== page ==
- Activity → result
[7. Accolades Intro] And here is some feedback I’ve received from clients and coworkers over the past several months—their feedback speaks louder than anything I could say:
- Client or coworker name—"Quote" or general feedback documented in email or survey
- Client or coworker name—“Quote” or general feedback documented in email or survey
[9. Conclusion and repeated request] I believe these accomplishments and feedback show that my work merits a higher salary, and [target salary] seems well aligned to the current market and with the additional value I am adding to our company since my current salary was set. I look forward to hearing what I can do to help make this happen.
[10. Signoff and signature] Thanks again for your time and consideration!
All the best
A section-by-section overview the components to include in your salary increase letter
Let’s walk through each section of your email to ask for a raise so you’re comfortable with it. You may already have everything you need to get a raise. Or you may need to do some light research to fill in the blanks.
Each section below has everything you need to complete the template, so let’s get started!
Address it to your manager
Remember, you should send this letter after asking for a raise from your manager. So you’re addressing this email to your manager as a follow-up to a previous conversation.
This email is your written salary increase request, so you want everything to be as clear and obvious as possible. Include your name and explicitly state that this letter is about your salary increase request so that there are no surprises for anyone who might read it later on.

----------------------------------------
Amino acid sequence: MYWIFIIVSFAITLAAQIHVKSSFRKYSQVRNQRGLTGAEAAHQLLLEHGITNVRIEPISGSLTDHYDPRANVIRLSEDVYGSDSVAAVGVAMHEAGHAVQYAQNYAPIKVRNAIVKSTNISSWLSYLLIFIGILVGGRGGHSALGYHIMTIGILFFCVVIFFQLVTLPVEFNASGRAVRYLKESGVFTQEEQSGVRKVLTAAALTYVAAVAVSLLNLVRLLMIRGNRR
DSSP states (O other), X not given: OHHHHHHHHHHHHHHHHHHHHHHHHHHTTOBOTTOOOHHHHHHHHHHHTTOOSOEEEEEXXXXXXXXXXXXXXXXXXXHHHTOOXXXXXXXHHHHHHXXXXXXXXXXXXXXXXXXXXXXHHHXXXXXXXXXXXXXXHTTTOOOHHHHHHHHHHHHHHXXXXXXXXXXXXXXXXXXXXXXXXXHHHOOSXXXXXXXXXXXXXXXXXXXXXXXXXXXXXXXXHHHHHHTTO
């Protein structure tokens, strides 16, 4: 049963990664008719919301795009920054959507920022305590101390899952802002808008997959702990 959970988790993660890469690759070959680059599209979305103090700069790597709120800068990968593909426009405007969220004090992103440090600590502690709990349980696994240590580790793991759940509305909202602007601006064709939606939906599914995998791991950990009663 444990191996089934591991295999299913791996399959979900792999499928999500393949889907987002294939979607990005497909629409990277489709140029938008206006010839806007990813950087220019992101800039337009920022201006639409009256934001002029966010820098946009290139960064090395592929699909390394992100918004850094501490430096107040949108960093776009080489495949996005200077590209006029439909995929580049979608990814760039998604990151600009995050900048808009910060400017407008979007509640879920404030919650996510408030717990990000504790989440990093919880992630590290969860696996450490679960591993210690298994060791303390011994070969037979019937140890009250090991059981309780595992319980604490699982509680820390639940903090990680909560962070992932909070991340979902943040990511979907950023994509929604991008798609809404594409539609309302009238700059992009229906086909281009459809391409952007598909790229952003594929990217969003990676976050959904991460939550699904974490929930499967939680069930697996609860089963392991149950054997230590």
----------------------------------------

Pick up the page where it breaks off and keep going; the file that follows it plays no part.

Keep it short and sweet: “Hi Tina” will do. You’re going to send this email to your manager after you ask for a raise, so they’ll be expecting it—no need for a formal introduction.
Introduction and request (your target salary)
You have already requested your salary increase in a meeting, and this is a way of reminding your manager what you requested so it’s easy to find when they need to.
I recommend stating the midpoint from your market research before your target salary so that the first number is a market number—a fact that is determined by external data. That should pave the way for your request, which will seem much more reasonable when presented immediately after the market-set midpoint.